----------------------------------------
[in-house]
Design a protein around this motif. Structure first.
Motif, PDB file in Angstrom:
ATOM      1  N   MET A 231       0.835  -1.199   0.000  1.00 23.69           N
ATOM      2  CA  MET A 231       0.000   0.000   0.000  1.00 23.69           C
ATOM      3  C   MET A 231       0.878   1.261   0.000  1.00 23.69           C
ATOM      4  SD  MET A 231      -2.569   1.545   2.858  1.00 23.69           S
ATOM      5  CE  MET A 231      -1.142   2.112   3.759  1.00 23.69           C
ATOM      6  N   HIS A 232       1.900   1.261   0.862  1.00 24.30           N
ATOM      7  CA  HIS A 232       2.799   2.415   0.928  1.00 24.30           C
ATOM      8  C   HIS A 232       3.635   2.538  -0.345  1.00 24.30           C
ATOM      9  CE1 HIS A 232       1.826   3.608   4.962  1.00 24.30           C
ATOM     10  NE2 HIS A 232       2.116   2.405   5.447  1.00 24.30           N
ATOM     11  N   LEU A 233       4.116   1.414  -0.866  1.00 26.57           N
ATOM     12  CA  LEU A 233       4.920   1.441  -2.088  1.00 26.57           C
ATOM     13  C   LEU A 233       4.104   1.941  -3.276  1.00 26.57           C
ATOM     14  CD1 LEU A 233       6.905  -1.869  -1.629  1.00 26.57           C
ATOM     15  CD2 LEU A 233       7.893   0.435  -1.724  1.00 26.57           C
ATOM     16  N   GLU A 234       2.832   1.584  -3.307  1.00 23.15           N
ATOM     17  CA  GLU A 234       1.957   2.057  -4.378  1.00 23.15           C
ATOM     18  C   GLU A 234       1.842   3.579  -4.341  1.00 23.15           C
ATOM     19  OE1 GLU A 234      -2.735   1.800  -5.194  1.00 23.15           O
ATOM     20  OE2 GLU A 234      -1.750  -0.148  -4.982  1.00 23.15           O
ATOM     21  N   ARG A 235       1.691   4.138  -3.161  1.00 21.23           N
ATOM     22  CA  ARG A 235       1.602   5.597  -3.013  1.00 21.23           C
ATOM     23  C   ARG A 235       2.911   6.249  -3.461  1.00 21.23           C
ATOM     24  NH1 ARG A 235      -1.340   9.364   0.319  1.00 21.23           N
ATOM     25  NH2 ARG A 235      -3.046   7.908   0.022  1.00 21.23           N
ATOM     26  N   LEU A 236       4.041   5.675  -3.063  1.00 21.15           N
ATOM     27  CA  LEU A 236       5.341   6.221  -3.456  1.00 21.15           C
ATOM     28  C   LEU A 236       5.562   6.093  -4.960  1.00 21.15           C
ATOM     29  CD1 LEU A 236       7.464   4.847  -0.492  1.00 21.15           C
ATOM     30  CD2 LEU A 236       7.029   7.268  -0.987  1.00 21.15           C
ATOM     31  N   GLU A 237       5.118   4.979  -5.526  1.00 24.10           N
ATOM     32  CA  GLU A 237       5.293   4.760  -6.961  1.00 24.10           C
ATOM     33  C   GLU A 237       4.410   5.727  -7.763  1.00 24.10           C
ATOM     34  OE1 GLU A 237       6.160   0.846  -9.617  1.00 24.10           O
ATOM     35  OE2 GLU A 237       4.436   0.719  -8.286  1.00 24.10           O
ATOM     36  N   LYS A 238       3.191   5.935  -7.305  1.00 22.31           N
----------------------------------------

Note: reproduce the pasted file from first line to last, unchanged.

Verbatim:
[in-house]
Design a protein around this motif. Structure first.
Motif, PDB file in Angstrom:
ATOM      1  N   MET A 231       0.835  -1.199   0.000  1.00 23.69           N
ATOM      2  CA  MET A 231       0.000   0.000   0.000  1.00 23.69           C
ATOM      3  C   MET A 231       0.878   1.261   0.000  1.00 23.69           C
ATOM      4  SD  MET A 231      -2.569   1.545   2.858  1.00 23.69           S
ATOM      5  CE  MET A 231      -1.142   2.112   3.759  1.00 23.69           C
ATOM      6  N   HIS A 232       1.900   1.261   0.862  1.00 24.30           N
ATOM      7  CA  HIS A 232       2.799   2.415   0.928  1.00 24.30           C
ATOM      8  C   HIS A 232       3.635   2.538  -0.345  1.00 24.30           C
ATOM      9  CE1 HIS A 232       1.826   3.608   4.962  1.00 24.30           C
ATOM     10  NE2 HIS A 232       2.116   2.405   5.447  1.00 24.30           N
ATOM     11  N   LEU A 233       4.116   1.414  -0.866  1.00 26.57           N
ATOM     12  CA  LEU A 233       4.920   1.441  -2.088  1.00 26.57           C
ATOM     13  C   LEU A 233       4.104   1.941  -3.276  1.00 26.57           C
ATOM     14  CD1 LEU A 233       6.905  -1.869  -1.629  1.00 26.57           C
ATOM     15  CD2 LEU A 233       7.893   0.435  -1.724  1.00 26.57           C
ATOM     16  N   GLU A 234       2.832   1.584  -3.307  1.00 23.15           N
ATOM     17  CA  GLU A 234       1.957   2.057  -4.378  1.00 23.15           C
ATOM     18  C   GLU A 234       1.842   3.579  -4.341  1.00 23.15           C
ATOM     19  OE1 GLU A 234      -2.735   1.800  -5.194  1.00 23.15           O
ATOM     20  OE2 GLU A 234      -1.750  -0.148  -4.982  1.00 23.15           O
ATOM     21  N   ARG A 235       1.691   4.138  -3.161  1.00 21.23           N
ATOM     22  CA  ARG A 235       1.602   5.597  -3.013  1.00 21.23           C
ATOM     23  C   ARG A 235       2.911   6.249  -3.461  1.00 21.23           C
ATOM     24  NH1 ARG A 235      -1.340   9.364   0.319  1.00 21.23           N
ATOM     25  NH2 ARG A 235      -3.046   7.908   0.022  1.00 21.23           N
ATOM     26  N   LEU A 236       4.041   5.675  -3.063  1.00 21.15           N
ATOM     27  CA  LEU A 236       5.341   6.221  -3.456  1.00 21.15           C
ATOM     28  C   LEU A 236       5.562   6.093  -4.960  1.00 21.15           C
ATOM     29  CD1 LEU A 236       7.464   4.847  -0.492  1.00 21.15           C
ATOM     30  CD2 LEU A 236       7.029   7.268  -0.987  1.00 21.15           C
ATOM     31  N   GLU A 237       5.118   4.979  -5.526  1.00 24.10           N
ATOM     32  CA  GLU A 237       5.293   4.760  -6.961  1.00 24.10           C
ATOM     33  C   GLU A 237       4.410   5.727  -7.763  1.00 24.10           C
ATOM     34  OE1 GLU A 237       6.160   0.846  -9.617  1.00 24.10           O
ATOM     35  OE2 GLU A 237       4.436   0.719  -8.286  1.00 24.10           O
ATOM     36  N   LYS A 238       3.191   5.935  -7.305  1.00 22.31           N